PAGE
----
Macron Says Europe Should Reduce Dependence On US Dollar, Seek 'Strategic Autonomy'

As the United States combats a recent flood of countries 'de-dollarizing' - trading commodities in other currencies, the last thing that was needed was French President Emanuel Macron amplifying this message.

Macron Says Europe Should Reduce Dependence On US Dollar, Seek 'Strategic Autonomy'

After spending around six hours with Chinese President Xi Jinping as part of a three-day state visit to China, Macron made extremely clear that France wants nothing to do with WWIII, emphasizing that Europe must employ "strategic autonomy," presumably led by France, to become a "third superpower," according to Politico.

While speaking with reporters aboard COTAM Unité, France’s Air Force One, the French President said that the "great risk" facing Europe right now is that it "gets caught up in crises that are not ours, which prevents it from building its strategic autonomy."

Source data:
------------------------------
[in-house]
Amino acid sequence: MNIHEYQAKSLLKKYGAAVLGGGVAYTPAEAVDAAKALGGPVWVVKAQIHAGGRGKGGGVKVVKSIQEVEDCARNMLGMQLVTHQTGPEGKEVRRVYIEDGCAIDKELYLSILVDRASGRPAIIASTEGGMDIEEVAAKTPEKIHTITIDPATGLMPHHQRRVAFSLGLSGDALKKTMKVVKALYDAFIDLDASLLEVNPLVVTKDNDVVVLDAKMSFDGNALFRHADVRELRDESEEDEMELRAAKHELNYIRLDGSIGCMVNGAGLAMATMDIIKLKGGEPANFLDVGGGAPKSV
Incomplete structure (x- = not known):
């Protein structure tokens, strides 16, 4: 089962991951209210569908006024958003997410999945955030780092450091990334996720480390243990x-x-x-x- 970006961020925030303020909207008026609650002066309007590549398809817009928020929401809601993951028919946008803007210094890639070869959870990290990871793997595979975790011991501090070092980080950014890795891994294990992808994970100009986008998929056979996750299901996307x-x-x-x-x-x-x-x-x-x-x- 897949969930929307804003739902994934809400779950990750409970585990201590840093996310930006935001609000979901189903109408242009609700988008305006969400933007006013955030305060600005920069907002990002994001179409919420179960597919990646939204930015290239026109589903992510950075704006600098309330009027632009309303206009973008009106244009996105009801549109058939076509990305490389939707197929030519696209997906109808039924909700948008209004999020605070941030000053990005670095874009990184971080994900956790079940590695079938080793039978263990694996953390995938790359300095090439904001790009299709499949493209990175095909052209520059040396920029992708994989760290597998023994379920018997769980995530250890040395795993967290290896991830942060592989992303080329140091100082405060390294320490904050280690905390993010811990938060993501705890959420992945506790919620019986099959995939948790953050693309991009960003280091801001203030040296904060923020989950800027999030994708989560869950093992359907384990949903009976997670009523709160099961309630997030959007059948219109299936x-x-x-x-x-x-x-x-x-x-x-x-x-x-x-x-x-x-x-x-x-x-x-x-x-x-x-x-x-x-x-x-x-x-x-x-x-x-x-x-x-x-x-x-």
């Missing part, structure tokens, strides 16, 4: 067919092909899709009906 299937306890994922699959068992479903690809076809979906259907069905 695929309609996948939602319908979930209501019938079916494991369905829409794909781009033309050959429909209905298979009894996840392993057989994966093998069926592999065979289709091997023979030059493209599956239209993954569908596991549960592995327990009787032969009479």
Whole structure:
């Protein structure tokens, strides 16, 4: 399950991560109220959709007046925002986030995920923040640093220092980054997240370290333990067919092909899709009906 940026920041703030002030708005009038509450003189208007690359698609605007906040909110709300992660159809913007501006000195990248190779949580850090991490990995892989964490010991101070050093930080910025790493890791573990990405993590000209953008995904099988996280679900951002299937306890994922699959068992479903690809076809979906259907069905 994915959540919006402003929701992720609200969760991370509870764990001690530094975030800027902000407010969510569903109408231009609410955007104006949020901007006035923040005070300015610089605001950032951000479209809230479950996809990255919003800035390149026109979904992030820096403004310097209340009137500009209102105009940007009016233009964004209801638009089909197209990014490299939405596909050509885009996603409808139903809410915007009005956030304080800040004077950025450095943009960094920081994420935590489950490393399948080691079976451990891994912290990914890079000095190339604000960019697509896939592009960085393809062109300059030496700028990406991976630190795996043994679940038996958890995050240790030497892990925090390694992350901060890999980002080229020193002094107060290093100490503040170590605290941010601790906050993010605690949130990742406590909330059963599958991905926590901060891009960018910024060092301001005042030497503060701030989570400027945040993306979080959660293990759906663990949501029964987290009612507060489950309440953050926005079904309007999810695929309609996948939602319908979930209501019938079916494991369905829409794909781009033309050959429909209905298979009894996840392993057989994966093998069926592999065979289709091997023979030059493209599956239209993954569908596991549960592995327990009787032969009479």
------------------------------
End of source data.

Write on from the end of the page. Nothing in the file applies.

This isn't the first time Macron has suggested reducing dependence on the US. In November, the French President called for a "single global order" while discussing the power interests of Russia and China and the threat of war.

"We are in a jungle and we have two big elephants trying to become more and more nervous," he said.

"If they become very nervous and start a war, it will be a big problem for the rest of the jungle. You need the cooperation of a lot of other animals, tigers, monkeys and so on," added Macron.

China agrees

Macron's concept of strategic autonomy was 'enthusiastically endorsed' by Xi and the CCP, who have been focusing on the notion that the West is in decline while China rises, and that weakening the transatlantic relationship will accelerate this trend.